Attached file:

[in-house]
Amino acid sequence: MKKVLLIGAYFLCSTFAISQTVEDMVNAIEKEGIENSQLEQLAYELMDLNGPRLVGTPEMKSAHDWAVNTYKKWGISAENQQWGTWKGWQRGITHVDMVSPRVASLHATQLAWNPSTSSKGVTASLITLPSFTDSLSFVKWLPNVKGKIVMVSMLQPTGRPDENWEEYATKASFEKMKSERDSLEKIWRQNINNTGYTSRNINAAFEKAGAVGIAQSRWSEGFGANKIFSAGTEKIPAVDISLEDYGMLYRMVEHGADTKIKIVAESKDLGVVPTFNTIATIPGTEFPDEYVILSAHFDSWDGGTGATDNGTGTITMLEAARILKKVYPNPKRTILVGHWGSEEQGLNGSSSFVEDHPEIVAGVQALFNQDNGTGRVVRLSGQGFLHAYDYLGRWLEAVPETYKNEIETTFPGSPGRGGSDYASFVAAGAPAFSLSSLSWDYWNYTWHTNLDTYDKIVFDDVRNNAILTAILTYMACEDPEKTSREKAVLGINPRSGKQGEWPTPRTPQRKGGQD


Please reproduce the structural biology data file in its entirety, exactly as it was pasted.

[in-house]
Amino acid sequence: MKKVLLIGAYFLCSTFAISQTVEDMVNAIEKEGIENSQLEQLAYELMDLNGPRLVGTPEMKSAHDWAVNTYKKWGISAENQQWGTWKGWQRGITHVDMVSPRVASLHATQLAWNPSTSSKGVTASLITLPSFTDSLSFVKWLPNVKGKIVMVSMLQPTGRPDENWEEYATKASFEKMKSERDSLEKIWRQNINNTGYTSRNINAAFEKAGAVGIAQSRWSEGFGANKIFSAGTEKIPAVDISLEDYGMLYRMVEHGADTKIKIVAESKDLGVVPTFNTIATIPGTEFPDEYVILSAHFDSWDGGTGATDNGTGTITMLEAARILKKVYPNPKRTILVGHWGSEEQGLNGSSSFVEDHPEIVAGVQALFNQDNGTGRVVRLSGQGFLHAYDYLGRWLEAVPETYKNEIETTFPGSPGRGGSDYASFVAAGAPAFSLSSLSWDYWNYTWHTNLDTYDKIVFDDVRNNAILTAILTYMACEDPEKTSREKAVLGINPRSGKQGEWPTPRTPQRKGGQD